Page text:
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Remixed Straight Dough

The idea of remixing straight dough in a stand mixer came to me after reading a description of a “modified re-mixed straight dough system” in Baking Science and Technology by E. J. Pyler(1). Pyler's account is based on a description of the “ful-flavor process” by L.F. Marnett (2). The process is summarized below:

  • A high speed vertical mixer with round mixing bowls is used.

  • The caster mounted mixing bowls have a capacity of 600 pounds, and serve as fermentation vessels.

  • All of the ingredients (except salt and sugar) are mixed at high speed for less than one minute.

  • After a fermentation period of 2½ hours, the salt and sugar are added and the dough is remixed to attain full gluten development (3.5 minutes at high speed).

  • The fully developed dough is given a “floor time” (rest period) of 15 to 20 minutes, after which the dough is moulded and panned.



With a few modifications, the ful-flavor process can be adapted for home use. The highlights of this “miniaturized modified re-mixed straight dough system” are listed below:

  • A stand mixer with planetary gear action is used.

  • The mixing bowl also serves as a fermentation vessel.

  • All of the ingredients (except salt and sugar) are mixed at low speed for 4 to 6 minutes.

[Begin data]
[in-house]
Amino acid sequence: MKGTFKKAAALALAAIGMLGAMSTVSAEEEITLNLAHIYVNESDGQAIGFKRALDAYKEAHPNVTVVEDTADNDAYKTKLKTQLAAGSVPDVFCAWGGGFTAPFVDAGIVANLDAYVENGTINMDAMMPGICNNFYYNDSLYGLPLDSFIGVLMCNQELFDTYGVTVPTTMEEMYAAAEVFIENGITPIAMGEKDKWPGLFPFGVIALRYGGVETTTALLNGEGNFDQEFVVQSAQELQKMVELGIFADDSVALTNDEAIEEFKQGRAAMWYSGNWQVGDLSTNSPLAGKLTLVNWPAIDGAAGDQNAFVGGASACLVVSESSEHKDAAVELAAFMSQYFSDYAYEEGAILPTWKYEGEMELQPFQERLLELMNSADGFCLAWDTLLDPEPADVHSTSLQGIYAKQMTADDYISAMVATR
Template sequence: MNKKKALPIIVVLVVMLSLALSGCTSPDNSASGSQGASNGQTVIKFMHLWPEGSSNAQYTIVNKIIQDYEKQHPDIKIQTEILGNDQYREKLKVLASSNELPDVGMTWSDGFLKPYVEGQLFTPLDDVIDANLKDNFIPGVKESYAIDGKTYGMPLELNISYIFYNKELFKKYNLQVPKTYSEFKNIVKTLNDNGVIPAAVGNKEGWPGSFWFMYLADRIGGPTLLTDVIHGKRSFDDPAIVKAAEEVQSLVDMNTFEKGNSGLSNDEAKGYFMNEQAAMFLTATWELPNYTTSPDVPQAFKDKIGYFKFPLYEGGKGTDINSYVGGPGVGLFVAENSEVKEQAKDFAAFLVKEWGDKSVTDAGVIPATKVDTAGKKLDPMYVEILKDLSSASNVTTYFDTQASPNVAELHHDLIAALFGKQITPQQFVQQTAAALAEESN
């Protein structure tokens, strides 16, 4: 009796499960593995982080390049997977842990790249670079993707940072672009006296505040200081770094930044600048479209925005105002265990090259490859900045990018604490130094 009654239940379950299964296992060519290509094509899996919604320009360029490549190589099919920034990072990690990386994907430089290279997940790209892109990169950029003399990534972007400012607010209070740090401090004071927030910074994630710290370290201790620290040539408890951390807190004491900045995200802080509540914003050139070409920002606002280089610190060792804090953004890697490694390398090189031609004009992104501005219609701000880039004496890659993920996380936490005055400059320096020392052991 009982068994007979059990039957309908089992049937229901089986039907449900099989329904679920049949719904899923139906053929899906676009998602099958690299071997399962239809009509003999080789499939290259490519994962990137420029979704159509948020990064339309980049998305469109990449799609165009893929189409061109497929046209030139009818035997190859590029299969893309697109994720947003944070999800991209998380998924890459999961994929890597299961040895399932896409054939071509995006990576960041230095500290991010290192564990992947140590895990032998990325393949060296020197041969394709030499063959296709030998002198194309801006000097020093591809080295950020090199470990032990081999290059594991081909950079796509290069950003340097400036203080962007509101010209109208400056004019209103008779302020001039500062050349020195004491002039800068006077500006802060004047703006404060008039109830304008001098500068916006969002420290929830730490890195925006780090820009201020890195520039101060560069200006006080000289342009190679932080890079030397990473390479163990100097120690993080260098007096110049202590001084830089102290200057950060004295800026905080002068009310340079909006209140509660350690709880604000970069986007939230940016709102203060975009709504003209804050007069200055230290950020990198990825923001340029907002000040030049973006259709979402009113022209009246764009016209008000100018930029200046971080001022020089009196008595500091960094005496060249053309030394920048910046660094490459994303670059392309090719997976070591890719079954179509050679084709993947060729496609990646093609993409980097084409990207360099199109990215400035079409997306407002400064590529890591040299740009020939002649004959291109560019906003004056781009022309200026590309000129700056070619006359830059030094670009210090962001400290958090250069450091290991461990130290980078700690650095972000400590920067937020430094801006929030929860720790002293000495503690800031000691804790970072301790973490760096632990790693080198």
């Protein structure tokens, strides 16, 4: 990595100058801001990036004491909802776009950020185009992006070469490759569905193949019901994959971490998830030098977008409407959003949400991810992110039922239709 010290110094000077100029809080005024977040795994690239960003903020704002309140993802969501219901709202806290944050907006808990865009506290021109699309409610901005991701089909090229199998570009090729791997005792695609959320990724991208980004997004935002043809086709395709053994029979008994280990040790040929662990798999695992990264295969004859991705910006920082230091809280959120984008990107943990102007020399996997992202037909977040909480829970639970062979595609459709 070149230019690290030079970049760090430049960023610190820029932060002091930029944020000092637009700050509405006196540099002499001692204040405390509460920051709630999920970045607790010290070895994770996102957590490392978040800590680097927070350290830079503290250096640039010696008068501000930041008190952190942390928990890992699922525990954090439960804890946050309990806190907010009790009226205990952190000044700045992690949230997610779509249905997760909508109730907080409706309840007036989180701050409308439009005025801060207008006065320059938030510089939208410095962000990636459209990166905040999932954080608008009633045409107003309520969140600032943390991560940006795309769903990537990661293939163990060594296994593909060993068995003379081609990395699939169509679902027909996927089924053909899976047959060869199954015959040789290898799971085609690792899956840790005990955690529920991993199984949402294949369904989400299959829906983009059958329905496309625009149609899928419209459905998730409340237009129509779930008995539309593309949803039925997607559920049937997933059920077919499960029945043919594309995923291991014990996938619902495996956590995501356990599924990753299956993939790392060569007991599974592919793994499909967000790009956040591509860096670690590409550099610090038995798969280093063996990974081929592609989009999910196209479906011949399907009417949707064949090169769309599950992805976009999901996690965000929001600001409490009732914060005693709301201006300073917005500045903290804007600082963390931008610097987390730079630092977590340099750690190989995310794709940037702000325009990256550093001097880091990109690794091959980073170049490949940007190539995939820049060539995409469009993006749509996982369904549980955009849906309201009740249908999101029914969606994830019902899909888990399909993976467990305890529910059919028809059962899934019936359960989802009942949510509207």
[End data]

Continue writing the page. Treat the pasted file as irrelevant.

• After a fermentation period of 2½ hours, the salt and sugar are added and the dough is remixed to attain full gluten development (speeds and times depend on mixer design and style of dough hook).

  • The fully developed dough is rounded and allowed to rest for a short period (5-8 minutes) before being moulded and panned.



One advantage of remixing is the elimination of all punching, folding, and stretching of the dough. This is especially helpful in the production of whole wheat dough, which does not take punishment well. Re-mixed dough (both white and whole wheat) emerges with a fully developed gluten network, which a stand mixer normally cannot produce. Re-mixed straight doughs are elastic, extensible, and plastic. They exhibit superior gas retention and take a big spring in the oven.

The remix process requires the use of “strong” flour, which usually means a high protein content. Strong flour produces bread with greater volume when compared to weaker varieties. Flour strength can be improved by the addition of vital wheat gluten, which is necessary to produce whole wheat bread of acceptable volume.



(1) Pyler, E. J. Baking Science and Technology, Second Edition, Volume 2, page 594 (1982)

(2) Marnett, L. F. The ful-flavor process... theory and practice. Baker's Digest 33 (4) 54-58 (1959).



Copyright 2014 by R. L. Saussele



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